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Using software alone, Mordechai Guri, Yosef Solewicz, Andrey Daidakulov, and Yuval Elovici were able to convert a given pair of headphones or speakers into Orwellian microphones beyond the user’s control or ability to patch. Their method [PDF] exploits a flaw in RealTek hardware chips, which are one of the most widely used chips in motherboards around the world. Companies like Dell, HP, and Compaq regularly utilize RealTek’s industry standard audio chips in their products. Beyond that, motherboards sold to consumers wishing to build their own systems often also include the hardware.

A simple patch or firmware upgrade will not fix this flaw, making the exploit particularly delightful to intelligence agencies, profit-motivated hackers (think boardroom conference calls), and others. Basically, anywhere a computer has an audio output, which in the case of laptops is everywhere, audio can now be intercepted and then relayed with roughly the same quality as if a microphone itself had been compromised. The images of people like Mark Zuckerberg covering up their webcam and microphone with electrical tape now seem trivial.

Jack re-tasking – the process of converting an output jack to either an input or a two-way port – has long been a possibility, but few developers make use of it. Most laptops and desktops will have separate ports for each, while smartphones and the like often require hardware that can do both. But the innovation on the part of Ben Gurion’s researchers involves making any regular output hardware capable of doing as much with only software. They write:

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The fact that headphones and earphones are physically built like microphones, coupled with the fact that an audio port’s role in the PC can be altered programmatically from output to input, creates a vulnerability which can be abused by hackers.

The researchers noticed that the design of most audio input and output hardware was basically identical at the metal, drawing the following illustration for clarification:

Source: Ben-Gurion University of the Negev Cyber Security Research Center

Source: Ben-Gurion University of the Negev Cyber Security Research Center

One saving grace is that the audio output device must be “passive,” or unpowered. This means that if your speakers require power to work, they are not currently able to use these to listen to you. However, the vast majority of laptop speakers and earbuds are, by nature and necessity, passive. The researchers note that while they focused on RealTek codec hardware because of their popularity, other manufacturers also have the ability to retask jacks, which is the heart of the exploit.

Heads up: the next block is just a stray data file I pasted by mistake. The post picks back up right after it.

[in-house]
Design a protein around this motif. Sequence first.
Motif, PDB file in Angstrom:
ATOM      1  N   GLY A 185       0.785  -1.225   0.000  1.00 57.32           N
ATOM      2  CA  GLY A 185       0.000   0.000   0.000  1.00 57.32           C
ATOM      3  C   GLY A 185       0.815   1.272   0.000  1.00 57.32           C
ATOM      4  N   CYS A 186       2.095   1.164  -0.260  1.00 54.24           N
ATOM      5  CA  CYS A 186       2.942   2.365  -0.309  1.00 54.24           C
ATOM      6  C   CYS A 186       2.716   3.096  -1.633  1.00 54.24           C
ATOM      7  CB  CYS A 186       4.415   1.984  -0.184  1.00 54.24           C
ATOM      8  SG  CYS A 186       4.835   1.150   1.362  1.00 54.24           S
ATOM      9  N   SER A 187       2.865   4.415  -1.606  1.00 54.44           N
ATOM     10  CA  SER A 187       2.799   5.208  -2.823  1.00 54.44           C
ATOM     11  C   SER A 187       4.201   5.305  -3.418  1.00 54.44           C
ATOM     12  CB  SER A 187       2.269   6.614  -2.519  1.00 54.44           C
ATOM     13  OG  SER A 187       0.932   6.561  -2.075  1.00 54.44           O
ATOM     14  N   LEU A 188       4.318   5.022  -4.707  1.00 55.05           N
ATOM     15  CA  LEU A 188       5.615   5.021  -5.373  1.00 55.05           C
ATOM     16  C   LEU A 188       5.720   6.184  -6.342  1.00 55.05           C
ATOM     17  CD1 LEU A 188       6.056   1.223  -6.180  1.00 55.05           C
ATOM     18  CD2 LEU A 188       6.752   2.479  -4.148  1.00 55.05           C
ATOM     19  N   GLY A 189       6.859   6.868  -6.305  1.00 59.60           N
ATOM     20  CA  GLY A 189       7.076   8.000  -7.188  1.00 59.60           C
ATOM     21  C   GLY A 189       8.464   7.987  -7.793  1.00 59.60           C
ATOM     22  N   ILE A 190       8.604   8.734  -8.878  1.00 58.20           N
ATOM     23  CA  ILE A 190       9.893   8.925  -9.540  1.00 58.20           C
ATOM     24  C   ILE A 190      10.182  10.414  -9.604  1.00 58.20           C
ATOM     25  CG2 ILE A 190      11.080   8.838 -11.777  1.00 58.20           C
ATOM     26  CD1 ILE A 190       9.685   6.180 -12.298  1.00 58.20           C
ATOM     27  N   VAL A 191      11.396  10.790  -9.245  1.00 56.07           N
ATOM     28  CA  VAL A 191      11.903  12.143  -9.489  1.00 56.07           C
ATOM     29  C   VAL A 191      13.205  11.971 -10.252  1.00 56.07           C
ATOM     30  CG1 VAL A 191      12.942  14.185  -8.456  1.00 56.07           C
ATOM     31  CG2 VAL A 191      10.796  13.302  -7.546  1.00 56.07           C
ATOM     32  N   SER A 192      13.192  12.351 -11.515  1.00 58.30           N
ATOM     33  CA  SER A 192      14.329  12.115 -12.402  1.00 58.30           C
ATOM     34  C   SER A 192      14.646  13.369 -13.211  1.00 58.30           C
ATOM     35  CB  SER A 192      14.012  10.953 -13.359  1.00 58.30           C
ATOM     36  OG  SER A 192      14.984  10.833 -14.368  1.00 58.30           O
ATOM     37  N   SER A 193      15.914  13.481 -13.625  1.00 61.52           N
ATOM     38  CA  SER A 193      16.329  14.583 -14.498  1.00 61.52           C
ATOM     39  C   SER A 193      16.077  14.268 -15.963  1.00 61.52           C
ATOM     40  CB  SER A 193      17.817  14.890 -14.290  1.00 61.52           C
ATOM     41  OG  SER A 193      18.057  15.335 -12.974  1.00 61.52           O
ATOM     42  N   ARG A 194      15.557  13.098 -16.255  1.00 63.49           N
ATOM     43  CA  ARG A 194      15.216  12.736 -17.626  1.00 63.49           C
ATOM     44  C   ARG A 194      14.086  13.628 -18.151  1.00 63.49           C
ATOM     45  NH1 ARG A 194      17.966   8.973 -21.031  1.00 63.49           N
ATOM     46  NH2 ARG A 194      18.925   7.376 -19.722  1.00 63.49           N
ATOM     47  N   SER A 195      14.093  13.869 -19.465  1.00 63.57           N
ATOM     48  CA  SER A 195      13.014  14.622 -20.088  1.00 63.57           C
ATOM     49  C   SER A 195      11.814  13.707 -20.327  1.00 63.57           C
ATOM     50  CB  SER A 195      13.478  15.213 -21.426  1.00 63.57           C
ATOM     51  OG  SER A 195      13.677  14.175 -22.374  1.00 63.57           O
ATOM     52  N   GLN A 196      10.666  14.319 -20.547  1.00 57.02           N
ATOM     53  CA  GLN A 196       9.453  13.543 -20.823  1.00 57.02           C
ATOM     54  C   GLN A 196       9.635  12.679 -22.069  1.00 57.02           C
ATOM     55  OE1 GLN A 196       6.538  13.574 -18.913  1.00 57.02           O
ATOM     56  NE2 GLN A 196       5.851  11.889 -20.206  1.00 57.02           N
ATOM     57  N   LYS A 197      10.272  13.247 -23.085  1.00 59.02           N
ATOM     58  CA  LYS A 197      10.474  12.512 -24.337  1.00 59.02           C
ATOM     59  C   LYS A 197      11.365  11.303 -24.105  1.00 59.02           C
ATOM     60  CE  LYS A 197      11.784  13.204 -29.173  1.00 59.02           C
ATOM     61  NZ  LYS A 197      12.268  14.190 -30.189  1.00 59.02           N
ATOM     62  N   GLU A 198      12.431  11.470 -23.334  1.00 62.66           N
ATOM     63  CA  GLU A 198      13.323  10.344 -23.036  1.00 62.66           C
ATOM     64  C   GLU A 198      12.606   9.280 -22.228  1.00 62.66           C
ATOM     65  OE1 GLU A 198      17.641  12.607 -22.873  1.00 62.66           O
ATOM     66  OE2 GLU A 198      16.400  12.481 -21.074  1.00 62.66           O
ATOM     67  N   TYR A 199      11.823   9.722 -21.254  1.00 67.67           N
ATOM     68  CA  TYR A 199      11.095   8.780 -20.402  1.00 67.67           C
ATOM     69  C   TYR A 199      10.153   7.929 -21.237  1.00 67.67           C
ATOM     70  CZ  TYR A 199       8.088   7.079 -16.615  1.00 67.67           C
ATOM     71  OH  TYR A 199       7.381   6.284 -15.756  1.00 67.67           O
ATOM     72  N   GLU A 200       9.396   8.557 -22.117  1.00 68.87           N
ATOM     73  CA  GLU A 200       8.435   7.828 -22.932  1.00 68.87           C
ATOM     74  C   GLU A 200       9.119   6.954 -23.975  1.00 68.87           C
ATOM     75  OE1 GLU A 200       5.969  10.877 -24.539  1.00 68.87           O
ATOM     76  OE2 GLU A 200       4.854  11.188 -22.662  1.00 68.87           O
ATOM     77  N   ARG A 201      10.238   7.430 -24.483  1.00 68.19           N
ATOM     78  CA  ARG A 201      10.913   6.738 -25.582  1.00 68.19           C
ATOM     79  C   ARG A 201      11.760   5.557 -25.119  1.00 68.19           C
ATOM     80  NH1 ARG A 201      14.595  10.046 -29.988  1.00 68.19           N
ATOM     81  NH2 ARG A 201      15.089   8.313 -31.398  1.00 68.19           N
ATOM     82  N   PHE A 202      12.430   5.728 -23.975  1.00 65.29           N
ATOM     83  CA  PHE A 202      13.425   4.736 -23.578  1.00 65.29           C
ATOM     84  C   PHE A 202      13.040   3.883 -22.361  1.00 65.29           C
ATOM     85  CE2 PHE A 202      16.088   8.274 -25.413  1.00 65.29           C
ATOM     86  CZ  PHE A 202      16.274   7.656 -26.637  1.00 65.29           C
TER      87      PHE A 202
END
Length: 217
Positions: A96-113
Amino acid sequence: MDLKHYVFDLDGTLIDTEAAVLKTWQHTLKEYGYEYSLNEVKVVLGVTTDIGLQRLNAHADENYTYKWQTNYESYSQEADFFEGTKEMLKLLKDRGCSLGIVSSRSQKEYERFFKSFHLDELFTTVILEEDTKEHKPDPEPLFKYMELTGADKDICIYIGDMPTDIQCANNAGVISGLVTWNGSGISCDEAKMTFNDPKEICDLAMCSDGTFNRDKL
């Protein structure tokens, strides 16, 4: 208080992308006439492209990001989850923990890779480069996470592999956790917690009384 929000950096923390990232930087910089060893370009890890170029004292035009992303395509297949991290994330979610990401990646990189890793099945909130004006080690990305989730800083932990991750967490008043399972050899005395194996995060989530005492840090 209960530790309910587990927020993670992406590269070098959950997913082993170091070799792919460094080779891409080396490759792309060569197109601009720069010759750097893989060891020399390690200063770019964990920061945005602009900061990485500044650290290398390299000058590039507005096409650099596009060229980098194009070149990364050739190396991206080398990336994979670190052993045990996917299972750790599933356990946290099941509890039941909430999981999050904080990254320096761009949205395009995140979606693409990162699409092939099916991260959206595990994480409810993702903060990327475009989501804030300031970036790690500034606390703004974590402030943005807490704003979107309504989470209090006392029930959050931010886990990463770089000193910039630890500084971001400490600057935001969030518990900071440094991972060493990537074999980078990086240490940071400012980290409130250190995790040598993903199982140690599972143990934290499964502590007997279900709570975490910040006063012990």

While this may seem scary at first, it should be noted that, like anything else on your computer, audio input and output are data. They can therefore be encrypted with keys that are local to the machine, and it would seem that this new exploit opens up a new avenue of research for cryptographic researchers to institute audio encryption in the same way that full-disk encryption has become normalized.

Here is a demonstration of the method in action:

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Cyberespionage

Apple Watches Banned from UK Cabinet Meetings for Hacking Fears

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Cabinet ministers have voiced concerns that Apple Watches could be hacked by Russian spies, prompting the devices to be barred from meetings, according to a report from The Telegraph.

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Under the new leadership of Theresa May, U.K cabinet ministers have been barred from wearing the watch during meetings after concerns were raised that the gadgets could be employed as listening devices.

The Apple Watches join the list of banned items alongside mobile phones after these were barred for similar reasons.

According to a survey conducted by research firm IDC, Apple Watches account for seven percent of the market compared to FitBit, which is reported to account for 25.4 percent.